Right there is one of my qualms with this incarnation of Turtles, the writers chose to shoehorn in April into their background going so far as being their savior. It’s a dumb inclusion, though that bit of plot point is overshadowed by just an inane story and frenetic direction that culminates with a lame, albeit Bay-like, finale with CGI characters fighting another CGI-rendered character in the Shredder who, at this point, is encased in a Transformers-inspired suit equipped with Wolverine-esque blades no less.

I understand, this version of the Teenage Mutant Ninja Turtles was made for a different generation and furthermore acknowledge the original movies from 1990/91 were hardly great, especially the sequels that somehow managed to diminish the quality of the Turtles’ costumes culminating with the downright creepy/demonic ones seen in the third film. But, at least the first one had a certain craftsmanship whereas this one is a splattering of CGI set against more CGI.

Now, this isn’t a painfully and offensively bad movie, unlike Transformers: Age of Extinction and each Turtle has a distinctive and fun personality that at least makes them tolerable even if the design is a bit off-putting. The acting for the most part isn’t bad either with each of the guys, mostly unknowns, playing the Turtles are a lot of fun and although Megan Fox is hardly great, her April O’Neal character was messily written so save for a few actors (like Rachel McAdams or Amy Adams), there really wasn’t much there for Fox to work with.

Teenage Mutant Ninja Turtles (2014) was helmed by Jonathan Liebesman whose career is a bit spotty with films that had wasted potential (Battle Los Angeles) to the downright unnecessary (Wrath of the Titans, Texas Chainsaw Massacre: The Beginning).


The 3-disc set (3D BD, BD, DVD) comes housed in a standard Blu-ray case and a lenticular slip cover. Inside is a redemption code for the Digital Copy (both UV and iTunes).

Digital Reality (17:56; HD) looks at how the filmmakers integrated the Turtles via motion capture.

In Your Face! The Turtles in 3D (4:23; HD) examines the 3D process and is available to view either in 2D or 3D.

It Ain’t Easy Being Green (6:47; HD) – This short featurette is a set of interviews with the cast chatting about the “Turtles” franchise including the actors who portrayed the big green men.

Evolutionary Mash-Up (14:59; HD) is a documentary-like feature on the background of turtles.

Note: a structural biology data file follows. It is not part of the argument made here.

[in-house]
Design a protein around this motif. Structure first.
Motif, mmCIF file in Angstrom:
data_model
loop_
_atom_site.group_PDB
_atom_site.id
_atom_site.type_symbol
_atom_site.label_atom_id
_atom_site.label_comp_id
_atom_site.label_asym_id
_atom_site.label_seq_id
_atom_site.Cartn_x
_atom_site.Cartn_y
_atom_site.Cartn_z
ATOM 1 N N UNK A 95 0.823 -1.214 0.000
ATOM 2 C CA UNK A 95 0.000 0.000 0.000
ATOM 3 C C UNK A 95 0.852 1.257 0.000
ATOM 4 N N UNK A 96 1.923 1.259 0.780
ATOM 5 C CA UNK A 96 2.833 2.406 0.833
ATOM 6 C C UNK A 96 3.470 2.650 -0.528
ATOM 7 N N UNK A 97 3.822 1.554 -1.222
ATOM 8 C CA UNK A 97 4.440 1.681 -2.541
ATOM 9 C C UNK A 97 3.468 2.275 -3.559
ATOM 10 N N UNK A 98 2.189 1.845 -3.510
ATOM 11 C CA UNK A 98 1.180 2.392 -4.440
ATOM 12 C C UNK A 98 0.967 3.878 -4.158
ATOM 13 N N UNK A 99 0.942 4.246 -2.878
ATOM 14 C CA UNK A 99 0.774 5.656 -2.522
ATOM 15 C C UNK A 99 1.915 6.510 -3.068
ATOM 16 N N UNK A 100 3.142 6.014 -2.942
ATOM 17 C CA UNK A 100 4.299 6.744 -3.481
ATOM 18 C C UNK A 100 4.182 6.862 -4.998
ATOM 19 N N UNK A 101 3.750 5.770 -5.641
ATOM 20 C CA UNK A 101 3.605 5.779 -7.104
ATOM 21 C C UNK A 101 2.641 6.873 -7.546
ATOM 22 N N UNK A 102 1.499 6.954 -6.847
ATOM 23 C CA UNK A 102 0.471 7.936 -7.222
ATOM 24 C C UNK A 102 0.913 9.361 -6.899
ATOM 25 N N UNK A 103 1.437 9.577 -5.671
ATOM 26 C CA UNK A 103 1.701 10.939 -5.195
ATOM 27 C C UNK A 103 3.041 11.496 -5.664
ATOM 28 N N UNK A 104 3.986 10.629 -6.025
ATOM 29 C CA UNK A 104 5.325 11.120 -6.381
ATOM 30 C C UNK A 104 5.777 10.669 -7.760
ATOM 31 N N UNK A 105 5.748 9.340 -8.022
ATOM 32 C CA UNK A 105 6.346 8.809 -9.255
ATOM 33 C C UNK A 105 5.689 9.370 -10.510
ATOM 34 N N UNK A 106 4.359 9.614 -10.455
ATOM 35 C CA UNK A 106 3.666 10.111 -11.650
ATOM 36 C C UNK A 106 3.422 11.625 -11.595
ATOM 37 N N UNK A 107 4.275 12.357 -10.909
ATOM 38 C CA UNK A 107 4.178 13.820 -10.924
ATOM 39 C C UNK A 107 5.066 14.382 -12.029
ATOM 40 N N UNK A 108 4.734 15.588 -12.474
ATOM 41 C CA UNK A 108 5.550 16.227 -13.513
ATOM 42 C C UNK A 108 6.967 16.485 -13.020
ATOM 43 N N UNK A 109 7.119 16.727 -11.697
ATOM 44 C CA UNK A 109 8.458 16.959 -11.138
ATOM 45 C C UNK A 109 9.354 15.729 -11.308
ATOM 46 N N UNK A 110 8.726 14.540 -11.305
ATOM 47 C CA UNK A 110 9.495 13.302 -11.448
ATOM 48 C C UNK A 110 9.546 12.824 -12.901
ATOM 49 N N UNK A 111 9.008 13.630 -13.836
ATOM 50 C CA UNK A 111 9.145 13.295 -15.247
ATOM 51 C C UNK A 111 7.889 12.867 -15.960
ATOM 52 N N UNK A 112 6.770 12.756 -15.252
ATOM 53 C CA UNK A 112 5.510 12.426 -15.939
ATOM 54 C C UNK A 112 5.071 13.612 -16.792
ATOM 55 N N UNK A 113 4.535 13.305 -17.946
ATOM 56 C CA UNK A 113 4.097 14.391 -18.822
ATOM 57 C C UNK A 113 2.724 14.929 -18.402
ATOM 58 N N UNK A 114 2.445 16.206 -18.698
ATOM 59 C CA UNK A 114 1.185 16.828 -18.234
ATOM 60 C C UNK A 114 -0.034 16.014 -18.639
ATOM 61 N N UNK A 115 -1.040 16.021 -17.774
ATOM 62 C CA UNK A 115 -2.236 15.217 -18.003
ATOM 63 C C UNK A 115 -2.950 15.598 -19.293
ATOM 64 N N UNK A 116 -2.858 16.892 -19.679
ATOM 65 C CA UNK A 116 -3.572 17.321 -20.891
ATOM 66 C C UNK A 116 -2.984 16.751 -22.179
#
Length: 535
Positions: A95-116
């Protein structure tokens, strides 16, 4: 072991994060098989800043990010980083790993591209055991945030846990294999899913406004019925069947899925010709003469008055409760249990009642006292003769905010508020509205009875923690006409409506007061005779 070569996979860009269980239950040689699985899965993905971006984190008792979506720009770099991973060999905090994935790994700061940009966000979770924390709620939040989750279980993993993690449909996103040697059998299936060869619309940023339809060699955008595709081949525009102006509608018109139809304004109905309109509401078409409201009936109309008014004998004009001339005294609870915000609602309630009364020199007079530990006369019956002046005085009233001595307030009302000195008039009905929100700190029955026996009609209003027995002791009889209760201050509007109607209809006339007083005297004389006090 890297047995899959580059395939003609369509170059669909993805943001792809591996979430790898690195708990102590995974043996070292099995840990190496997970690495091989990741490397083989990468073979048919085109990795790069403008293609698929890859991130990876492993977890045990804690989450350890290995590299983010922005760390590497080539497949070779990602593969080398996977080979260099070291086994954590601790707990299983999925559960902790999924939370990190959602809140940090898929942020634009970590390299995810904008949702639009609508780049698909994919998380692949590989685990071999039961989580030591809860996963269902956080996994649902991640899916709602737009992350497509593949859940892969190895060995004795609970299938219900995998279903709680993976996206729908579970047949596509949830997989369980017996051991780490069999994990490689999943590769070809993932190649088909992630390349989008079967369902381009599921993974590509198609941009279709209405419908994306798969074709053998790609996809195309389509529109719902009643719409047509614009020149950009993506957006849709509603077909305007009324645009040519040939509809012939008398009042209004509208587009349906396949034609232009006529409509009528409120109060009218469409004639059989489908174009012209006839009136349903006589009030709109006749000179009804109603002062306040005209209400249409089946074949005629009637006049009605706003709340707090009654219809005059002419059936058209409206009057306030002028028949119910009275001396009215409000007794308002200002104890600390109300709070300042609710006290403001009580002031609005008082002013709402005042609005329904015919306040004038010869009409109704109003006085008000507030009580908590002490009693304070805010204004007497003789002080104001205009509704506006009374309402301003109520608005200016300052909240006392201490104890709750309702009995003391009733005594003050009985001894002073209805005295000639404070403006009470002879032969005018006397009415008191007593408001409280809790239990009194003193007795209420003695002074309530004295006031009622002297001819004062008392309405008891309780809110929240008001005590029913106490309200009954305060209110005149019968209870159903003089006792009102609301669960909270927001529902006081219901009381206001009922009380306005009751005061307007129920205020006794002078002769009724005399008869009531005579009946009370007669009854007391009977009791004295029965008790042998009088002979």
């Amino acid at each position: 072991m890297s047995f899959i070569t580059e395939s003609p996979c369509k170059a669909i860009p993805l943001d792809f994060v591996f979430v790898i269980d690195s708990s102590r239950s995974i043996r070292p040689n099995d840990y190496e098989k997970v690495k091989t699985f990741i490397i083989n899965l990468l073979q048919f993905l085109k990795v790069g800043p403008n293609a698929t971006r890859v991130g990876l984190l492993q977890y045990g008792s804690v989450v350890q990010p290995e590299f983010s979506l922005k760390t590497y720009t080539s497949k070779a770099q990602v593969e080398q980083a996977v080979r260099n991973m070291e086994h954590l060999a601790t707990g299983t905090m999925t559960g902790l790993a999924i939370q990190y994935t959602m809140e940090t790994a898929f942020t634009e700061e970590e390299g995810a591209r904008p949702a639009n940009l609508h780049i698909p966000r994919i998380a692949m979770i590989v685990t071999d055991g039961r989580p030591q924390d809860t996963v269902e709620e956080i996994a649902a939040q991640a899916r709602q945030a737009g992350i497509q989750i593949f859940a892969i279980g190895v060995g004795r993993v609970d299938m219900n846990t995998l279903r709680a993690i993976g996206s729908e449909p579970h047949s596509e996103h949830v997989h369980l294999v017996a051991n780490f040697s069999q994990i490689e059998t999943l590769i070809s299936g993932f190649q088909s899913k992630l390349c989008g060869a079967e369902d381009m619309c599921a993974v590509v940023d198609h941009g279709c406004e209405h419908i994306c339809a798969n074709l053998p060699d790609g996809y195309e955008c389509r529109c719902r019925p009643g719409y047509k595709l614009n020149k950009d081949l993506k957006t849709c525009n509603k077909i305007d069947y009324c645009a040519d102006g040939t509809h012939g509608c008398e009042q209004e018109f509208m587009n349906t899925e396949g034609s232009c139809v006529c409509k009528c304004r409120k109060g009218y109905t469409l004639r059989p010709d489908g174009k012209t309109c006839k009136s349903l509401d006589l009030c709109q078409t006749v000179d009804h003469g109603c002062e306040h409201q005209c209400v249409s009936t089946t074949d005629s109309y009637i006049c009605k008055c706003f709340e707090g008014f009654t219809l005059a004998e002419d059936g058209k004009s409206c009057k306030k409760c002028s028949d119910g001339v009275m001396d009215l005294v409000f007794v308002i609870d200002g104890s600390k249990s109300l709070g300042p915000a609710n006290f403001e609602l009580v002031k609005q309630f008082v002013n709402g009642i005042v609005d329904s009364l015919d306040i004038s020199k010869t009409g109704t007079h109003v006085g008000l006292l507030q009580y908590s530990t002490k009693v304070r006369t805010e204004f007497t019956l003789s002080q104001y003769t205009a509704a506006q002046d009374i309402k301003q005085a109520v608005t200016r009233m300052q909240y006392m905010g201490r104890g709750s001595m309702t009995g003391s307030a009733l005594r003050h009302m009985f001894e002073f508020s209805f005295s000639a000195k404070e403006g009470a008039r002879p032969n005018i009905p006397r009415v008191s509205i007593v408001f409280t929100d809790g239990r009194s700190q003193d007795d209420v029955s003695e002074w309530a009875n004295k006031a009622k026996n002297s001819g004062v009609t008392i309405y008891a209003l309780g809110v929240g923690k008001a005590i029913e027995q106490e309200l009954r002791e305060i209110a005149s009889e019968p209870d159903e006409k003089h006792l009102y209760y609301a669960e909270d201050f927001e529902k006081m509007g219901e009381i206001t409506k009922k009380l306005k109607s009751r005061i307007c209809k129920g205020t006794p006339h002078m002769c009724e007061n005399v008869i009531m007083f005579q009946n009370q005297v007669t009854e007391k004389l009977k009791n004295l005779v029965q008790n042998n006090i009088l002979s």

Turtle Rock (5:37; HD) is a featurette on Brian Tyler’s score included its epic theme.

Extended Ending (0:46; HD) – There’s not much here, but it is slightly changed as April, on camera, acknowledging the vigilantes where the original they’re kept in secret still.

“Shell Shocked” Music Video (3:27; HD) is an annoying song that played over the end credits. Vanilla Ice for life, yo!

And last we get the Making of “Shell Shocked” (1:31; HD) music video.

2D VIDEO – 5.0/5 | 3D VIDEO – 3.5/5

Teenage Mutant Ninja Turtles arrive on the scene onto Blu-ray shown with a 2.40 widescreen aspect ratio and a stunning 1080p high-definition transfer. The 2D showing looks great with excellent and sharp detail levels, bright colors during the daytime shots and stark blacks for the dark shots. There were no signs of artifacting, pixilation or aliasing.

The 3D transfer meanwhile isn’t the best but half decent primarily due to a lack of depth and those darker scenes are made worse thanks to the limitations of 3D technology. Still, it’s OK yet no one will mistake it for being reference quality work…

AUDIO – 5.0/5

Speaking of reference quality, we get what I think is the third or fourth Dolby Atmos release, which, since I don’t have the equipment, decodes to Dolby TrueHD 7.1 and it’s as every good as one would expect. The lossless track not only has clear dialogue but the numerous action sequences do have excellent depth making use of each and every available channel including the LFE which gives a nice little rumble completing the home theater experience.

OVERALL – 2.5/5

Overall, Teenage Mutant Ninja Turtles is an inoffensively bad movie made for an entirely different audience than those who grew up with the reptiles in the 1980s and 1990s. But taking that aside, it’s a thin story, poor writing and chaotic direction that makes it really hard to watch culminating with a lame and underwhelming finale. The Blu-ray release comes with excellent audio/video transfers but the bonus features are limited.


The Movieman
Published: 12/18/2014





Check out some more screen caps by going to page 2. Please note, these do contain spoilers.